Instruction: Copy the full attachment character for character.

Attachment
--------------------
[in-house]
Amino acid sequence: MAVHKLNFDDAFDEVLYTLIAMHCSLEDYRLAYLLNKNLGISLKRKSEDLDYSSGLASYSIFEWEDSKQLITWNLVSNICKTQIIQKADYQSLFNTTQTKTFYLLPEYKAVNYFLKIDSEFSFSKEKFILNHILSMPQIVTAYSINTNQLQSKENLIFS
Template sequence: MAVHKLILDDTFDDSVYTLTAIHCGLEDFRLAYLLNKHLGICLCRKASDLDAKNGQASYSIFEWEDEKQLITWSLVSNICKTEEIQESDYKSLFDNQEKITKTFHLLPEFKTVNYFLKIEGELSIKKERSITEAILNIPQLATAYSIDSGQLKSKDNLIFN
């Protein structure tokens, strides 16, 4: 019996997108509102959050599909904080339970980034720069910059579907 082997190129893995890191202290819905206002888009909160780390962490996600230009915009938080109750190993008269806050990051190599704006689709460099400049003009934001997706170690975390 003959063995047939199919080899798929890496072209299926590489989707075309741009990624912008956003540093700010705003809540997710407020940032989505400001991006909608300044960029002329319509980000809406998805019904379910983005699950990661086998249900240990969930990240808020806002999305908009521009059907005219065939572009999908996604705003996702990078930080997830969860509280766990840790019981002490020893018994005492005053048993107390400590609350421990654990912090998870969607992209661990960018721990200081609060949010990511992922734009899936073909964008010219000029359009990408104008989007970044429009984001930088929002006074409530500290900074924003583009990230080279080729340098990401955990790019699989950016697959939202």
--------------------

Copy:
[in-house]
Amino acid sequence: MAVHKLNFDDAFDEVLYTLIAMHCSLEDYRLAYLLNKNLGISLKRKSEDLDYSSGLASYSIFEWEDSKQLITWNLVSNICKTQIIQKADYQSLFNTTQTKTFYLLPEYKAVNYFLKIDSEFSFSKEKFILNHILSMPQIVTAYSINTNQLQSKENLIFS
Template sequence: MAVHKLILDDTFDDSVYTLTAIHCGLEDFRLAYLLNKHLGICLCRKASDLDAKNGQASYSIFEWEDEKQLITWSLVSNICKTEEIQESDYKSLFDNQEKITKTFHLLPEFKTVNYFLKIEGELSIKKERSITEAILNIPQLATAYSIDSGQLKSKDNLIFN
């Protein structure tokens, strides 16, 4: 019996997108509102959050599909904080339970980034720069910059579907 082997190129893995890191202290819905206002888009909160780390962490996600230009915009938080109750190993008269806050990051190599704006689709460099400049003009934001997706170690975390 003959063995047939199919080899798929890496072209299926590489989707075309741009990624912008956003540093700010705003809540997710407020940032989505400001991006909608300044960029002329319509980000809406998805019904379910983005699950990661086998249900240990969930990240808020806002999305908009521009059907005219065939572009999908996604705003996702990078930080997830969860509280766990840790019981002490020893018994005492005053048993107390400590609350421990654990912090998870969607992209661990960018721990200081609060949010990511992922734009899936073909964008010219000029359009990408104008989007970044429009984001930088929002006074409530500290900074924003583009990230080279080729340098990401955990790019699989950016697959939202």